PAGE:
We hear a lot about how companies are closing plants and sending jobs overseas where workers toil longer and harder for less pay. But coupled together with technology and the Fourth Industrial Revolution, can globalization actually be a force for good in the workplace?
Gita Gopinath, Chief Economist of the International Monetary Fund, tells the World Economic Forum (WEF), “If you frame the question as, has international trade been good for the manufacturing worker in the U.S.? Then the answer to that would be ‘not fully’; it’s been very costly in terms of jobs and wages for them.”
As with any economic policy, Gopinath details the winners and losers. Overseas, jobs are created and wages are raised. In the United States and worldwide, consumers benefit from lower-priced goods. Clearly, the displaced workers from the manufacturing sector are losers.
Moving forward, she tells WEF, “If we want to make sure that the next wave of globalization is even more successful, it has to be complemented with good, sound domestic policies that help those who are getting left out.”
Over the past year, lawmakers have been working to do just that.
Last year, President Donald Trump signed bi-partisan legislation renewing the Carl D. Perkins Career and Technical Education Act. The bill will send $1.2 billion a year to states to help an estimated 11 million students and workers get better access to training for today’s in-demand jobs.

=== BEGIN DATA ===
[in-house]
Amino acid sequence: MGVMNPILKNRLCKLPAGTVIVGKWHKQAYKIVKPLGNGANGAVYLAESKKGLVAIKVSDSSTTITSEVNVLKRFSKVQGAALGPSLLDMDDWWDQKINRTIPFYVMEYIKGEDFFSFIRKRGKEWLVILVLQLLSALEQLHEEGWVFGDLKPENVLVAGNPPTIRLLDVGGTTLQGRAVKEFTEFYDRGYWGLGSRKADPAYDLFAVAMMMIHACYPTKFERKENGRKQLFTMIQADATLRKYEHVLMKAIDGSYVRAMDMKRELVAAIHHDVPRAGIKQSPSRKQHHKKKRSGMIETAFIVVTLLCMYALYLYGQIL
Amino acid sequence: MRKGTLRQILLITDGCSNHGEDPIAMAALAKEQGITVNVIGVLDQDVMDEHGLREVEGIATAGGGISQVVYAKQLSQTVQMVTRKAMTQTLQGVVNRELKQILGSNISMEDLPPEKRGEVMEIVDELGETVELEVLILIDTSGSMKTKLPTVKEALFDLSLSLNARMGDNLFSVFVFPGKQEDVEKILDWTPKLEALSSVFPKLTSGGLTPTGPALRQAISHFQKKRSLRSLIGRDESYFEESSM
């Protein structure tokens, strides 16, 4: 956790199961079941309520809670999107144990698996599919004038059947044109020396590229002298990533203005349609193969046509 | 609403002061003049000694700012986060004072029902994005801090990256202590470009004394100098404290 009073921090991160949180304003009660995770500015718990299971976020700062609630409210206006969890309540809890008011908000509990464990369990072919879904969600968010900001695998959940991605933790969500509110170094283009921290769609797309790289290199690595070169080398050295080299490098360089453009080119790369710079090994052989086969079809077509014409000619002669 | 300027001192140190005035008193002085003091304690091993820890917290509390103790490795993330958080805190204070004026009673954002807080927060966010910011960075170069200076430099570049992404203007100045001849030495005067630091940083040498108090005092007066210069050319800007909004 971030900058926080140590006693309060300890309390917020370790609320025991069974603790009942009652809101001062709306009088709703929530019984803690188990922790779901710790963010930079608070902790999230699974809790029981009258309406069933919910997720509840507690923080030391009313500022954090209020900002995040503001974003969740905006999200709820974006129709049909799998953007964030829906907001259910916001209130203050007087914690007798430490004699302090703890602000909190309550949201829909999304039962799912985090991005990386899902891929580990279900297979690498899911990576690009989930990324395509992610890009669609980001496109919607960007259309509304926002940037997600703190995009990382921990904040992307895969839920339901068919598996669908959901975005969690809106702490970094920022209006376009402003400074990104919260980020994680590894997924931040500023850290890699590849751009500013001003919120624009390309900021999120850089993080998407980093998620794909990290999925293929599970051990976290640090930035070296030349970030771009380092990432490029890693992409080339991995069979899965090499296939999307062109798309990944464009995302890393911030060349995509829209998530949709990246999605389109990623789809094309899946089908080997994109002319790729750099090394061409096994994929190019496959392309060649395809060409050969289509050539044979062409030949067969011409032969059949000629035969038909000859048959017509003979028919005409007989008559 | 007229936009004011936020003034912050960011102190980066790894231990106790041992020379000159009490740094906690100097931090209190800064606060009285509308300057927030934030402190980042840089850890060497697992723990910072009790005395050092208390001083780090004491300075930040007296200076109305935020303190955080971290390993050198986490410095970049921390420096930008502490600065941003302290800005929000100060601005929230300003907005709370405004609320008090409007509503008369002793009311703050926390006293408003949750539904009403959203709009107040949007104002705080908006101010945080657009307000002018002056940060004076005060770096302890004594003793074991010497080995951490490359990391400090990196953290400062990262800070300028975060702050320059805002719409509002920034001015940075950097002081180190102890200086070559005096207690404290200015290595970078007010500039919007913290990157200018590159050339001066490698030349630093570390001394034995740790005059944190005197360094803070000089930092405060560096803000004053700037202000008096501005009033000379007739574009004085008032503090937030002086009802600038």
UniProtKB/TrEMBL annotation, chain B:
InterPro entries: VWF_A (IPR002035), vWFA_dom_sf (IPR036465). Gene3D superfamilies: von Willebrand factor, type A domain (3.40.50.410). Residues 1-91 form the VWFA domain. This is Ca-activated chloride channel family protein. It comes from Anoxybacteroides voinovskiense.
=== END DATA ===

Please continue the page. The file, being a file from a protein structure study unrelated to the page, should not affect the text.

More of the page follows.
This year, U.S. Senators Tim Kaine (D-VA) and Rob Portman (R-OH) re-introduced their 2017, Jumpstart Our Businesses By Supporting Students (JOBS) Act that would help close the “skills gap” by expanding Pell Grant eligibility to cover high-quality and rigorous short-term job training programs so workers can afford the skills training and credentials that are in high demand in today’s job market.
Since our inception, WorkingNation has been explaining that one of the key components driving structural unemployment and the skills gap is the globalization of the economy. Our short film, Slope of the Curve, explains the effects in detail.